Capital letter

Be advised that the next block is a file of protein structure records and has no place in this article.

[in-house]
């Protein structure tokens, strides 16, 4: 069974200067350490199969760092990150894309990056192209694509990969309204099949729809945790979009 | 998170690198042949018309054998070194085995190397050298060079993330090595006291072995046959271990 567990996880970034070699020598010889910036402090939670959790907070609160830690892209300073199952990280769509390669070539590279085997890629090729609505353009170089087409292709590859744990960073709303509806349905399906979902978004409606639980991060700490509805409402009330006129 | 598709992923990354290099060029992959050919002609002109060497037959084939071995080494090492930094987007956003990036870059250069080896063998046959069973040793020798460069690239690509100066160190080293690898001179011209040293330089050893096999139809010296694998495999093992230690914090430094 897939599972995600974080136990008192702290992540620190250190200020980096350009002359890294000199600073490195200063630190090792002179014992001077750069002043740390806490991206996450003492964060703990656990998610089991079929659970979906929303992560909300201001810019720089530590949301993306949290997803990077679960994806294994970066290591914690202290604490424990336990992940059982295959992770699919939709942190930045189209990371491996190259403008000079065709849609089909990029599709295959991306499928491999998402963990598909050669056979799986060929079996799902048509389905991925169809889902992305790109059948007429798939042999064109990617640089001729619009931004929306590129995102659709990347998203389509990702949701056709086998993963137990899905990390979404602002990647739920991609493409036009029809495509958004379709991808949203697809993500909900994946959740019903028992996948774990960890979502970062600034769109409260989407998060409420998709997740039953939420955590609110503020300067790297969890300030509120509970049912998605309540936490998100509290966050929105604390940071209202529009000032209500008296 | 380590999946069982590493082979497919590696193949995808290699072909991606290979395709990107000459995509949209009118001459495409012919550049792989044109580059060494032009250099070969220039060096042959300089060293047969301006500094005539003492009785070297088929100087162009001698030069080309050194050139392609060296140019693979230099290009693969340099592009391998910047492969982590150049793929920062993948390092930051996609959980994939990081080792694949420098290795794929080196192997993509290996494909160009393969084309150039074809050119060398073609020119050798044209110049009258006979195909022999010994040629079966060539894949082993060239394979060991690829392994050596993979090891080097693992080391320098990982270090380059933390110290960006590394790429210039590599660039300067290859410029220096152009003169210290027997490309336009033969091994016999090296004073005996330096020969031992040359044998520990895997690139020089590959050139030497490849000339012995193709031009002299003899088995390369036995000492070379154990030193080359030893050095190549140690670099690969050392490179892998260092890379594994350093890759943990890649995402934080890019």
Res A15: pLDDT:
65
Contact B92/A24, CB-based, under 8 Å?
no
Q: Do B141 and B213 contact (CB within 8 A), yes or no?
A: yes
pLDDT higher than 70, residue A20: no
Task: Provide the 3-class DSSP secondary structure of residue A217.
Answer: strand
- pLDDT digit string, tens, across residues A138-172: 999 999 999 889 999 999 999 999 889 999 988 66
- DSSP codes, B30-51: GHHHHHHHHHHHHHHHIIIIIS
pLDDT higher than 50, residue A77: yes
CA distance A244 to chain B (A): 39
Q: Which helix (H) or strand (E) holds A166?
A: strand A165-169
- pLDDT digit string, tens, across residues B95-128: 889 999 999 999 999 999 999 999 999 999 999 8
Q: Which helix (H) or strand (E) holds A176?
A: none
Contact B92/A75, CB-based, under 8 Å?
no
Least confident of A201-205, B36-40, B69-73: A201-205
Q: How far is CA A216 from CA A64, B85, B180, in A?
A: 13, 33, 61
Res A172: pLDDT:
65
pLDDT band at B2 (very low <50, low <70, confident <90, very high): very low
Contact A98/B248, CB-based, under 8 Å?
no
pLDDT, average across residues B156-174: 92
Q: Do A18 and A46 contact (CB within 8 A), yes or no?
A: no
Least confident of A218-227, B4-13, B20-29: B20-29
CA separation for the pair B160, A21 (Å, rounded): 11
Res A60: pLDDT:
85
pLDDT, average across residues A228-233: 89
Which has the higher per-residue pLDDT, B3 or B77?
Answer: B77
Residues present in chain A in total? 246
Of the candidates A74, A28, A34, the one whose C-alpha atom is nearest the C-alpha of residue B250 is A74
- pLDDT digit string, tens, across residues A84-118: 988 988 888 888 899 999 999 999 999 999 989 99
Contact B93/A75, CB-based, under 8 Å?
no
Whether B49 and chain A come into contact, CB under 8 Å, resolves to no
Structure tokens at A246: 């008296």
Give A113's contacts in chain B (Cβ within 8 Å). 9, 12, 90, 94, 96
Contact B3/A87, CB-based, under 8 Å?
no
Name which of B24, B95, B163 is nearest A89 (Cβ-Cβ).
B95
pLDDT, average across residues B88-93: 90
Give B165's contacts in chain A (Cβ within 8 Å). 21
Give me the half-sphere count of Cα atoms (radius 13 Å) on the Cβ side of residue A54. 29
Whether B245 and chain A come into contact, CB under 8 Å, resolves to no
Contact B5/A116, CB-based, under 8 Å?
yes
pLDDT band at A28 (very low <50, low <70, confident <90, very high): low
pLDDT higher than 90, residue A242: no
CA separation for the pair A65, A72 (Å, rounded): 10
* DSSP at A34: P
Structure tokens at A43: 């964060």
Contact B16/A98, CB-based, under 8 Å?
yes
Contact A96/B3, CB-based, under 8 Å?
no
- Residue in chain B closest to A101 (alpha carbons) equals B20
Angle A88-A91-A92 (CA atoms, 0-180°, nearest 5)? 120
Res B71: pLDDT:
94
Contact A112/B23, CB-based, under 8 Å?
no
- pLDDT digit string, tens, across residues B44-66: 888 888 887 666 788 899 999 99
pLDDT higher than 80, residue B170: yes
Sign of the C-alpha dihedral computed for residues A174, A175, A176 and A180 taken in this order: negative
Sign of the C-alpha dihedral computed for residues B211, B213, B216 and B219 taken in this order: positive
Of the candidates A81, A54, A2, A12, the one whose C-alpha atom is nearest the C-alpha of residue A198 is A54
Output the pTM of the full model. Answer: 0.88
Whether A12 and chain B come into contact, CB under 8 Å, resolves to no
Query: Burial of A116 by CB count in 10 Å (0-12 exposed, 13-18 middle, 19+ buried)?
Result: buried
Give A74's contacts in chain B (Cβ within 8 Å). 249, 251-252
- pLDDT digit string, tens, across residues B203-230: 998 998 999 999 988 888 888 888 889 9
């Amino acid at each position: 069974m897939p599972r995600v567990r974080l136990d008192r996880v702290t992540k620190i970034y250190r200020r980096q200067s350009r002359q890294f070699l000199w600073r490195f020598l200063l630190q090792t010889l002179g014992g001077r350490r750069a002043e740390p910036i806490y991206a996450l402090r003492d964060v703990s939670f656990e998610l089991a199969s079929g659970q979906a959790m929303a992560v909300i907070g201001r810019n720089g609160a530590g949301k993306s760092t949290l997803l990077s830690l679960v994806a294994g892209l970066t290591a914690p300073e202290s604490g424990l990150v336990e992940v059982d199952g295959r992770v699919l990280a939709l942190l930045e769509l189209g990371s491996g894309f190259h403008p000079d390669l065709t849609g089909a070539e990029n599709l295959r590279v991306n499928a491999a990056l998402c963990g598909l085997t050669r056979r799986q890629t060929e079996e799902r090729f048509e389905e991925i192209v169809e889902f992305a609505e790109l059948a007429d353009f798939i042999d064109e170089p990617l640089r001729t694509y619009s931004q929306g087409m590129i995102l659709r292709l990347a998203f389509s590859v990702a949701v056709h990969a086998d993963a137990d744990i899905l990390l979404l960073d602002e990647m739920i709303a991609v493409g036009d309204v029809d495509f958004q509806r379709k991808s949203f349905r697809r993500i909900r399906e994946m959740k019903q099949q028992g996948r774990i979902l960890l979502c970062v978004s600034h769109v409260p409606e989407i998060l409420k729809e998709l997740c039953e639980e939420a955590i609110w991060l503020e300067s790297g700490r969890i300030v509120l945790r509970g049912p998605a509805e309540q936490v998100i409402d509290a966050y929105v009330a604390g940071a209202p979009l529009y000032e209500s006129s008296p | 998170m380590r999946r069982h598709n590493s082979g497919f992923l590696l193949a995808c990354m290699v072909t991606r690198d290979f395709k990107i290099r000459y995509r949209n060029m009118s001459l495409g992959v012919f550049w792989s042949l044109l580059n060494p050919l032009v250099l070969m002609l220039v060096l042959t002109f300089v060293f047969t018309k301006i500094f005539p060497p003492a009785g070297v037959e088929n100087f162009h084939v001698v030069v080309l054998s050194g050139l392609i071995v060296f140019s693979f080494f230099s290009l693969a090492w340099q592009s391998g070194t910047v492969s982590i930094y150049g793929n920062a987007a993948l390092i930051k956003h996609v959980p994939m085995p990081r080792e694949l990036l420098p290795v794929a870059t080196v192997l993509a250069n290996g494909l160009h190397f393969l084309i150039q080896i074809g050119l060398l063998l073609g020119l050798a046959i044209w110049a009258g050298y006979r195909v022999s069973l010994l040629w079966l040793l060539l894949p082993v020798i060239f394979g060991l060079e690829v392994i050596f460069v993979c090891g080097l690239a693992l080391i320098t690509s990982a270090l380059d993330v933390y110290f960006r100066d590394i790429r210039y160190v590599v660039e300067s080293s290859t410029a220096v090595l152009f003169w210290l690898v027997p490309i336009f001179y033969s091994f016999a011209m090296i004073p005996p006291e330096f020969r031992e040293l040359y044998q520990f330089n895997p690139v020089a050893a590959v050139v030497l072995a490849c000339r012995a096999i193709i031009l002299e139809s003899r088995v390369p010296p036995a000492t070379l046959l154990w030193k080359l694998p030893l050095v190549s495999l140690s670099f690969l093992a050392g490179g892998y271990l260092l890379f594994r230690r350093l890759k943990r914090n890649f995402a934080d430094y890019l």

In typography, uppercase letters (A, B, C, D, E, F, G, H, etc.) In c. 114 CE, an inscription was chiseled into the base of a column in Trajan's Forum, Rome. That inscription had most of the capital letters known today. Until the sixth century, all inscriptions were in capital letters. And to this day we continue to use them in various ways ? for the first letters of important words in titles, proper nouns, etc. They got their alternative name ? uppercase ? from the standard location in which typesetters stored them. Though visually powerful, whole words written in capital letters should be used sparingly, because they are difficult to read, and may suggest shouting.A design composed of one or more letters, typically the initials of a name, used as an identifying mark, can be a monogram, and might be used as a logo (also known as a logogram or logotype). An oversized ornamental capital letter used in printing may be called a factotum. One designed with representation that carries narrative qualities may be termed historiated.